Wall Street’s enthusiasm about the reopening economy sent stocks scrambling even higher on Monday, and the Nasdaq composite wiped away the last of its coronavirus-induced losses to set a record. The S&P 500, which dictates how more 401(k) accounts perform, climbed back within 4.5% of its own record as optimism strengthens that the worst of the recession may have already passed, the AP reports. Stocks that would benefit most from an economy that’s growing again rose the most, including smaller companies, airlines and oil producers.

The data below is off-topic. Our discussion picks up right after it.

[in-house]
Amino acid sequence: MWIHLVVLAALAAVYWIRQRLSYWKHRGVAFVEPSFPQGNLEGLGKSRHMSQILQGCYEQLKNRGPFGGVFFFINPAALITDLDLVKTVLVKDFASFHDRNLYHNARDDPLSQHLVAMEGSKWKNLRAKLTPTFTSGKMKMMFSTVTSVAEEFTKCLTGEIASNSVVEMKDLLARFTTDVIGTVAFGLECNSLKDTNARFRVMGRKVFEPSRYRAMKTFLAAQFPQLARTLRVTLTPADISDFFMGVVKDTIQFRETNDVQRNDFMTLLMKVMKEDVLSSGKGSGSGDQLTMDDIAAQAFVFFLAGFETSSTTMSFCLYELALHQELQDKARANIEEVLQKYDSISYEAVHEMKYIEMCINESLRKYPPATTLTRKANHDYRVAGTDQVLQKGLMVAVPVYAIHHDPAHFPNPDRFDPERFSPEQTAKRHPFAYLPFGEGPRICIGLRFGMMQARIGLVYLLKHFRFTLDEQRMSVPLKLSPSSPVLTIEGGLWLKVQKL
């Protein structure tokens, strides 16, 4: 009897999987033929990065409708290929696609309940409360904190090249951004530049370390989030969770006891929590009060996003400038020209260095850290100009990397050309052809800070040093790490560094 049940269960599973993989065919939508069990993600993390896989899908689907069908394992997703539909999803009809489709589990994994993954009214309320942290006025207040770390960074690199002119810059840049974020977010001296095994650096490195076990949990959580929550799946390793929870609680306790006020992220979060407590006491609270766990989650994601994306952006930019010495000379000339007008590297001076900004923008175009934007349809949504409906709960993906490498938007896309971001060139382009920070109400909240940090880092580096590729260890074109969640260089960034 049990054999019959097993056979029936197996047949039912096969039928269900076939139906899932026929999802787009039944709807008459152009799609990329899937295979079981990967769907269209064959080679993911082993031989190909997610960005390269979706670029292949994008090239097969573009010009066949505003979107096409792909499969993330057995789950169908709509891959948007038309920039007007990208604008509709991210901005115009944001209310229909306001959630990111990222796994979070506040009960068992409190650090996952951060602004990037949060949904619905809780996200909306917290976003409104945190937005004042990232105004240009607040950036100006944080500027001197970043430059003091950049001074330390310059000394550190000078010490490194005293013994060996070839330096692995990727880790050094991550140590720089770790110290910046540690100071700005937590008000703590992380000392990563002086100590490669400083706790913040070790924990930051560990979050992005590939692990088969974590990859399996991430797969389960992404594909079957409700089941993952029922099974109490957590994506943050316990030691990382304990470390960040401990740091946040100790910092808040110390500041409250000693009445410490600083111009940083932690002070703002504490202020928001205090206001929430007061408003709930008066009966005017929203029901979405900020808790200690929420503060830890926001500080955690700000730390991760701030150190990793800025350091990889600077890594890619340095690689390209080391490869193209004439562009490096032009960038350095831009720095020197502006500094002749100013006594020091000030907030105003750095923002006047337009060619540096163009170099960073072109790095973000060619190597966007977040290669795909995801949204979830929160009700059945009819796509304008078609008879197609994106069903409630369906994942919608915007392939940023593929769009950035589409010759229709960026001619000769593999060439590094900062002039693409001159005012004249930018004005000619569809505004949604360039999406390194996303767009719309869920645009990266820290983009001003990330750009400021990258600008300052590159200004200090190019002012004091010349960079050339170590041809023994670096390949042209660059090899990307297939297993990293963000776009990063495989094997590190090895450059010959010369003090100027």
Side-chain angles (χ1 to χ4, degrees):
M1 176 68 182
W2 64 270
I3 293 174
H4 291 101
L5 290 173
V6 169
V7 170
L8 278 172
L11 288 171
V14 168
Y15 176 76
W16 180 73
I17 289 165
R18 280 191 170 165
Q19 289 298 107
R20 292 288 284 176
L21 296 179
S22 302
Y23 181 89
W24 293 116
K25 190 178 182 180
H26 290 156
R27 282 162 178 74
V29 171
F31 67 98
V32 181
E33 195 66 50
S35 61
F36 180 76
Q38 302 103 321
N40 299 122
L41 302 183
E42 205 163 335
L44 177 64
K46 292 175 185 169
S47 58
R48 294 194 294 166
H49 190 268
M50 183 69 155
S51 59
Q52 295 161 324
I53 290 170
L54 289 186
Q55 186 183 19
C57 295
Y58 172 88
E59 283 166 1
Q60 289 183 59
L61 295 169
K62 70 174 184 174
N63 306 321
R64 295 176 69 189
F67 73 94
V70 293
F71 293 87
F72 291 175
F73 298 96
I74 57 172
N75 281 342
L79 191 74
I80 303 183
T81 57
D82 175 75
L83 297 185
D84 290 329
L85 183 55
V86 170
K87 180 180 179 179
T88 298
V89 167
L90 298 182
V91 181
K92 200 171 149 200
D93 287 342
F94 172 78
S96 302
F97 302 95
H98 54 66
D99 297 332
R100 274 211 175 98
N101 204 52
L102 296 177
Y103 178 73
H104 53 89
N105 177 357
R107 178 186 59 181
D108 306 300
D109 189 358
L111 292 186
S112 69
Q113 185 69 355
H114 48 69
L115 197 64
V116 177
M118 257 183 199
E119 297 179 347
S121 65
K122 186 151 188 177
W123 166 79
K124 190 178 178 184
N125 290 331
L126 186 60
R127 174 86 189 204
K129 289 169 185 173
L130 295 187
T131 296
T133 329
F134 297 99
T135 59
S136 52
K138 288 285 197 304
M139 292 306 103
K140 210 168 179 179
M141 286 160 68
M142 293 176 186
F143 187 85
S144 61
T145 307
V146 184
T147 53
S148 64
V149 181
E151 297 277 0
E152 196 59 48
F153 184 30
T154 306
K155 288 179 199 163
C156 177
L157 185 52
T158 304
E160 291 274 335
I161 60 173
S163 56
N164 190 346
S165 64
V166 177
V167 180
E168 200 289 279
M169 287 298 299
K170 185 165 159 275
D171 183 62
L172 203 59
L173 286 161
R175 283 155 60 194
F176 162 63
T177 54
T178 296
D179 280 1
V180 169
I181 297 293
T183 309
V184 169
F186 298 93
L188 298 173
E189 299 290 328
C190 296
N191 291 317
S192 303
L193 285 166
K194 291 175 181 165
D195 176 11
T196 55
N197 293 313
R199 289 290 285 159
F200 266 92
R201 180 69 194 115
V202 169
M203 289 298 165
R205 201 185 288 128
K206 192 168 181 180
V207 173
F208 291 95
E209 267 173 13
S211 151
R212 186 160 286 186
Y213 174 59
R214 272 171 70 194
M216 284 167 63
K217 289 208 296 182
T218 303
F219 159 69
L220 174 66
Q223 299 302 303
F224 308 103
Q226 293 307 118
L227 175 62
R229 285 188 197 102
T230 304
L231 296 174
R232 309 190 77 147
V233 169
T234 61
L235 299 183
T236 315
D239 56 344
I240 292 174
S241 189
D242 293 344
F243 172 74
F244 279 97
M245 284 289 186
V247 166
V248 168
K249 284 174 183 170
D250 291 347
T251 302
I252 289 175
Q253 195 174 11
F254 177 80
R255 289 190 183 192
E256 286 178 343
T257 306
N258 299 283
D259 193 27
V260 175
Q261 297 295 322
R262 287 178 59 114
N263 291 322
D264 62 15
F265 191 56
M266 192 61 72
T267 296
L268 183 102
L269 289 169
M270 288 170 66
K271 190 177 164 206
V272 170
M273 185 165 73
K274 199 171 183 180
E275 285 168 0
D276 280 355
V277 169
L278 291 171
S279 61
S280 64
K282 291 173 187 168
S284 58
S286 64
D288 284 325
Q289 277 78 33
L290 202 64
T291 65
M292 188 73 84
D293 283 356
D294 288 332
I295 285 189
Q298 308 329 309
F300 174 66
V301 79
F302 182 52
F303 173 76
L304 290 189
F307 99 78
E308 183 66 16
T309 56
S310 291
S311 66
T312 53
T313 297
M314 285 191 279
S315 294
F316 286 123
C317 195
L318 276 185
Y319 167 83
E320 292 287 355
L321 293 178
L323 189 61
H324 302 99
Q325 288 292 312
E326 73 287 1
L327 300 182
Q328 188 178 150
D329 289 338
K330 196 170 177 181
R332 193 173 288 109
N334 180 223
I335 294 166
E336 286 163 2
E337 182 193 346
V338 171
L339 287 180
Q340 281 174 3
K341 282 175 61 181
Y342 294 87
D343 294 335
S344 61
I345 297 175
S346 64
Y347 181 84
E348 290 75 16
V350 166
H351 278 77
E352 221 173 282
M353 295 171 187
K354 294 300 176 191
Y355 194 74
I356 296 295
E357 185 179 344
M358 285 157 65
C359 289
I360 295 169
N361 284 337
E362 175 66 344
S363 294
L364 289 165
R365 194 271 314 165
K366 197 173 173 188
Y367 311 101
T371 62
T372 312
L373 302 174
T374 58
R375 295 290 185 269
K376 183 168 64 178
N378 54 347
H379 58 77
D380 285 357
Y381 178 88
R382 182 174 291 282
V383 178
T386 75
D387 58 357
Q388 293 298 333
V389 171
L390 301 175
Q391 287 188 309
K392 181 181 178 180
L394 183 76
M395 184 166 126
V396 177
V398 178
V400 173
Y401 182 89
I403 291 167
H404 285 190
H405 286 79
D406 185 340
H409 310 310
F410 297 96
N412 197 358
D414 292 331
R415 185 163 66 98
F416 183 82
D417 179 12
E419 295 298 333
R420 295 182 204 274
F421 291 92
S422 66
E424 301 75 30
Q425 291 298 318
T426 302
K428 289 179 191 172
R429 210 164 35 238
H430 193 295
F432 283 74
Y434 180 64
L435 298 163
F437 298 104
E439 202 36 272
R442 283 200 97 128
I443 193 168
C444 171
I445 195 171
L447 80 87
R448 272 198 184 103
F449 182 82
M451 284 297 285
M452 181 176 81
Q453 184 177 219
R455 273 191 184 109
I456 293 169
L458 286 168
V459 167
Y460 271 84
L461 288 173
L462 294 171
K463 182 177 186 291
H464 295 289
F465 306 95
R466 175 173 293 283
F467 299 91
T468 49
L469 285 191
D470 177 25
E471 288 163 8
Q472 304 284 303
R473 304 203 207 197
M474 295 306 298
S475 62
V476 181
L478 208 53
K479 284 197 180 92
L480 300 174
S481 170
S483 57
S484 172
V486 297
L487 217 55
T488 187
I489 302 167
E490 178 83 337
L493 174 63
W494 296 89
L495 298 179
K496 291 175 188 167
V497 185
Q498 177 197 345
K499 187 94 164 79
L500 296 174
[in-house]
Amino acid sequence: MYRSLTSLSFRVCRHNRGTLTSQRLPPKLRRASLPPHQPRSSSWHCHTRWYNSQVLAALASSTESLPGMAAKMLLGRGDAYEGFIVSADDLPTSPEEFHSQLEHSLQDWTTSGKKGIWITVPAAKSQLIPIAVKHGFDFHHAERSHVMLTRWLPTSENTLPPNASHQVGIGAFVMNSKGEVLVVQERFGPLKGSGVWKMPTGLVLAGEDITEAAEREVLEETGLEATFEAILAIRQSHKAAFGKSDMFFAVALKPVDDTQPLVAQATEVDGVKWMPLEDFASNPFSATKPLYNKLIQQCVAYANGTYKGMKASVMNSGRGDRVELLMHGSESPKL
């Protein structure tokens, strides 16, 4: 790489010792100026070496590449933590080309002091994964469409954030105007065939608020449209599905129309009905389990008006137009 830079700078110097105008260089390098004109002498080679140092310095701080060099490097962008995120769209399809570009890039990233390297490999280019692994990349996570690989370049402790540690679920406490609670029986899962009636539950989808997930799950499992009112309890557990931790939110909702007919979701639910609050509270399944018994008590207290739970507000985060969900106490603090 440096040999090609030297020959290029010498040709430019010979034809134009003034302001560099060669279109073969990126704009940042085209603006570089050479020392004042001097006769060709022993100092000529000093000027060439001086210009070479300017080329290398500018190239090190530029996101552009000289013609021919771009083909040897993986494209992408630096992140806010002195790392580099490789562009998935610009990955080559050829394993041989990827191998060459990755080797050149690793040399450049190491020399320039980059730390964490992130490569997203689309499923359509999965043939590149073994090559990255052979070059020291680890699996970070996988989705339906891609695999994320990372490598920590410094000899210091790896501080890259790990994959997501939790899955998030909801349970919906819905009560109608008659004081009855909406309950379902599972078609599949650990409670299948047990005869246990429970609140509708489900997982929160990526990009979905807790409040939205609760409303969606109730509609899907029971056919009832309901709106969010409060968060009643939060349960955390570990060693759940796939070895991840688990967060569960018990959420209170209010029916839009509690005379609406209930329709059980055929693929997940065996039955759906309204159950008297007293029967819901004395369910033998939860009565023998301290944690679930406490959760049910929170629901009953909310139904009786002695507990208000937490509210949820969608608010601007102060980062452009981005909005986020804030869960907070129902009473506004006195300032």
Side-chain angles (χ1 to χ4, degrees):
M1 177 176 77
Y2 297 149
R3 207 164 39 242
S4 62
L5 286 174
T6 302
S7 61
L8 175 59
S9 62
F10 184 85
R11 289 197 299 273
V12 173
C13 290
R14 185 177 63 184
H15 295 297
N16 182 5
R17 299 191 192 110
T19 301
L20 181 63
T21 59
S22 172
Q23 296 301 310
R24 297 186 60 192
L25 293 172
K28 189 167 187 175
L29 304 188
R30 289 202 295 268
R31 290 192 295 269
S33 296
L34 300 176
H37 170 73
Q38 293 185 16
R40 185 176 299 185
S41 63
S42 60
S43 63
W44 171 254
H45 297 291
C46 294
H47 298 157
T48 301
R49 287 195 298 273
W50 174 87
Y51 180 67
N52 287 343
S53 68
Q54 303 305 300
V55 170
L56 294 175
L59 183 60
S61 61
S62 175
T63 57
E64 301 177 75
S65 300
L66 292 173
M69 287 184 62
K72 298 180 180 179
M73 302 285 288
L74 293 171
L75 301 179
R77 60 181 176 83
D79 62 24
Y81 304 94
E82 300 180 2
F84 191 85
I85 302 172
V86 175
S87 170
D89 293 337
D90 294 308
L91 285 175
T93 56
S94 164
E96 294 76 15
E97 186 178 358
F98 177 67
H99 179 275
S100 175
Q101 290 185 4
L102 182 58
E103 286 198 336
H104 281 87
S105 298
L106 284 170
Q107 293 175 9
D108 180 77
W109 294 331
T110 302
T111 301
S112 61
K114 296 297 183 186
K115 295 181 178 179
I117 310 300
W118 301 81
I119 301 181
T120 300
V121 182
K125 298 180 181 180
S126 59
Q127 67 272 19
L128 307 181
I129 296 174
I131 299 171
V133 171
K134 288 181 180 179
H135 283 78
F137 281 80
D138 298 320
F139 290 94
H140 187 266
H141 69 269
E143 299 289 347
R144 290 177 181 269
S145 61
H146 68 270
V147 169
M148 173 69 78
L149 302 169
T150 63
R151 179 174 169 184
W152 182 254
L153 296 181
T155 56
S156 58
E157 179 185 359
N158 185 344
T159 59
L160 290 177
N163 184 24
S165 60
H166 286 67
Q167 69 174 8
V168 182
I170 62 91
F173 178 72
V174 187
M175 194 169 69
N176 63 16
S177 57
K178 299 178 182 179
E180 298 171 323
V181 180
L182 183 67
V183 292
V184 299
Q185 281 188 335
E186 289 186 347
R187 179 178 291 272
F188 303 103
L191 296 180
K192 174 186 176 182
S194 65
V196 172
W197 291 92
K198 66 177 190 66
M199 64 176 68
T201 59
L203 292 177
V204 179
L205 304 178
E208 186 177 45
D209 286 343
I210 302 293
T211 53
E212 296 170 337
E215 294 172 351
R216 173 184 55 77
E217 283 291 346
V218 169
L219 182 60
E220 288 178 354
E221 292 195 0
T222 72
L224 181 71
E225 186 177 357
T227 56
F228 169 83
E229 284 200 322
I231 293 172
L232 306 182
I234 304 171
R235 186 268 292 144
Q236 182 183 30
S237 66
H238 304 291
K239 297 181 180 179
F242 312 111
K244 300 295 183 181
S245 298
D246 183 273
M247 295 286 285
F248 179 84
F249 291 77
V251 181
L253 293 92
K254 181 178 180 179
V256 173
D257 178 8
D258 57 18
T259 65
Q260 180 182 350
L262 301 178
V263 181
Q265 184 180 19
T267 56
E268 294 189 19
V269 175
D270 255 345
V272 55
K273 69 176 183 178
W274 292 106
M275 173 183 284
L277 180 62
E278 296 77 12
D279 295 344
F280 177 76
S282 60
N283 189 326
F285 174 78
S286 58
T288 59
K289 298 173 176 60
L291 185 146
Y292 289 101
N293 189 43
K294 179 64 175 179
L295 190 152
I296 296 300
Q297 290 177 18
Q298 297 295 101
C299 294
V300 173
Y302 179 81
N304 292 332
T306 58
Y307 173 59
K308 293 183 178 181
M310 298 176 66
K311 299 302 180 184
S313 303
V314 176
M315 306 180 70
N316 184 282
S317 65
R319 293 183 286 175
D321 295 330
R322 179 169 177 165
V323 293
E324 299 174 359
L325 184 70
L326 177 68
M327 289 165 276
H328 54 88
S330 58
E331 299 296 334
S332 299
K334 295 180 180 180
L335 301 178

The S&P 500 rallied 38.46 points, or 1.2%, to 3,232.39 and is at its highest level since February, which a panel of economists said on Monday is the month when the recession officially began. That’s when employment set a peak before tumbling after businesses shut down across the country to slow the outbreak. The Dow Jones Industrial Average rose 461.46, or 1.7%, to 27,572.44. The Nasdaq composite, which is more heavily weighted to the big technology stocks that held up the best earlier this year, gained 110.66, or 1.1%, to 9,924.74 and is now up more than 10% for the year.
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